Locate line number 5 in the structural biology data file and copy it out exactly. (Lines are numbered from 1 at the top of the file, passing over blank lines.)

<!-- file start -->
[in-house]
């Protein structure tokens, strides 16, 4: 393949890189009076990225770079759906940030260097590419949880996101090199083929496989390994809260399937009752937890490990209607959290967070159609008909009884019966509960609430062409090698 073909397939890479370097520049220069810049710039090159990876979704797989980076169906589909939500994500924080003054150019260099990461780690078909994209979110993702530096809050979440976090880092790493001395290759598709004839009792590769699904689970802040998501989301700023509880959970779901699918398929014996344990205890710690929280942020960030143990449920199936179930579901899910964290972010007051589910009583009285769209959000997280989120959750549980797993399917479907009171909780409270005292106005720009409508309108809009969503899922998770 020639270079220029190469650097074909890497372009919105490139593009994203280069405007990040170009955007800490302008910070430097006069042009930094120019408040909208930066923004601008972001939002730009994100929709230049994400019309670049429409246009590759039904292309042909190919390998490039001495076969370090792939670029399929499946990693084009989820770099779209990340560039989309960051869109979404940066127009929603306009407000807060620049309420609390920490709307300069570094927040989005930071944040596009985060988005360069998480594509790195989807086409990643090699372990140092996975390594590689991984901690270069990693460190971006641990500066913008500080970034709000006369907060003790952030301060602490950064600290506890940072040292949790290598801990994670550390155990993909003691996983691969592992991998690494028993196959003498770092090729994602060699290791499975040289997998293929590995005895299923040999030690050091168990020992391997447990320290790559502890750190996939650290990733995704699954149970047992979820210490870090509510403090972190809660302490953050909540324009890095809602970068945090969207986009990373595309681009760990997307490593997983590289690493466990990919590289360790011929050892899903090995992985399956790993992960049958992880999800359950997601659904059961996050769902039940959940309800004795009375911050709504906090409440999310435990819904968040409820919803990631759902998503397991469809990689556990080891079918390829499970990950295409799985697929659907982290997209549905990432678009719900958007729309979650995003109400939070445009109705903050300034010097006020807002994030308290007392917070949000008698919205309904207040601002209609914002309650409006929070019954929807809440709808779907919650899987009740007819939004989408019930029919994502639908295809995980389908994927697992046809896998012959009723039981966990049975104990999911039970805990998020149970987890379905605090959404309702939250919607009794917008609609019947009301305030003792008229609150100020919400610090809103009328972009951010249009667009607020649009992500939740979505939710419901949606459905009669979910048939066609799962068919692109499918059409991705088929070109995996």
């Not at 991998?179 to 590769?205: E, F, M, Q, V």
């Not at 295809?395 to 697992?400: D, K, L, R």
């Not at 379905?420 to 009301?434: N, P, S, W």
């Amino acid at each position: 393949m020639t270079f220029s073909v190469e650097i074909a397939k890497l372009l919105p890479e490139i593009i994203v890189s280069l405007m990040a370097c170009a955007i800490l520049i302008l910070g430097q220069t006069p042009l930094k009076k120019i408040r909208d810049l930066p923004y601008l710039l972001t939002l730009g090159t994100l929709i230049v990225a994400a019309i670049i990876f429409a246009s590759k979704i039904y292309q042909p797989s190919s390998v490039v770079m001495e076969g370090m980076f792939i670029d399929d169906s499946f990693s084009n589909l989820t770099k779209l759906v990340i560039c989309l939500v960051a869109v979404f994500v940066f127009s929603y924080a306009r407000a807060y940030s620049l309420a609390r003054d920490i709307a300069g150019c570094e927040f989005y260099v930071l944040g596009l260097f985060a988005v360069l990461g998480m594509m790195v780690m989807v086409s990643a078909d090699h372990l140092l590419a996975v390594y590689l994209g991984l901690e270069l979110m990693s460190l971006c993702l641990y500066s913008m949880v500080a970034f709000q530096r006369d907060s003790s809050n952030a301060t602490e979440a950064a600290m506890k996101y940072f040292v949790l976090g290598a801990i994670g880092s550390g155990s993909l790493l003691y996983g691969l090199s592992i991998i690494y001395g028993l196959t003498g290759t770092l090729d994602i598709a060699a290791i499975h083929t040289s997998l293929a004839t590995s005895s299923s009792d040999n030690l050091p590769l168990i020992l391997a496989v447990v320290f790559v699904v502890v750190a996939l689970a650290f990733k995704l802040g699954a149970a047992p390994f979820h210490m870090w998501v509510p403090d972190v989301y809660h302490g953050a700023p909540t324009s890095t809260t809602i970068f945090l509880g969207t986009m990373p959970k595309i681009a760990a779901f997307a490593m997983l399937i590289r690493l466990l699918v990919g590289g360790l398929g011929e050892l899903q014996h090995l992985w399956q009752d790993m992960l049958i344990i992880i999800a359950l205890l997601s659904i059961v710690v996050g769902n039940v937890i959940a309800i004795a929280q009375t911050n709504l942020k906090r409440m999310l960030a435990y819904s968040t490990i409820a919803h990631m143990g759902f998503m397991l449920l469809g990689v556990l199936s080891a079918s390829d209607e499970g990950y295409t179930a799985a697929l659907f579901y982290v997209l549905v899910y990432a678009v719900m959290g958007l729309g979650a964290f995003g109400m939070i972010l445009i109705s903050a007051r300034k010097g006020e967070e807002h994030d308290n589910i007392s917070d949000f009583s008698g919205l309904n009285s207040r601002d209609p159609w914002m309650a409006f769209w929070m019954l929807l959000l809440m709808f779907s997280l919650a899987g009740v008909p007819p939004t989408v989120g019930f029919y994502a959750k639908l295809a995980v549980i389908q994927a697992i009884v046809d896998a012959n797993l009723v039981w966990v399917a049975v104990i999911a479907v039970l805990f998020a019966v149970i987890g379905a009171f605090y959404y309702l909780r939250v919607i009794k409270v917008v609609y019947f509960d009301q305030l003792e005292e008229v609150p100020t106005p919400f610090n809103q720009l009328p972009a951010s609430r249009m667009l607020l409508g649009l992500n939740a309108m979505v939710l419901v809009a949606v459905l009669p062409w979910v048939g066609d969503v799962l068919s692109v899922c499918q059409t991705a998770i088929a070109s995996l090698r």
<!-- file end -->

């Not at 379905?420 to 009301?434: N, P, S, W």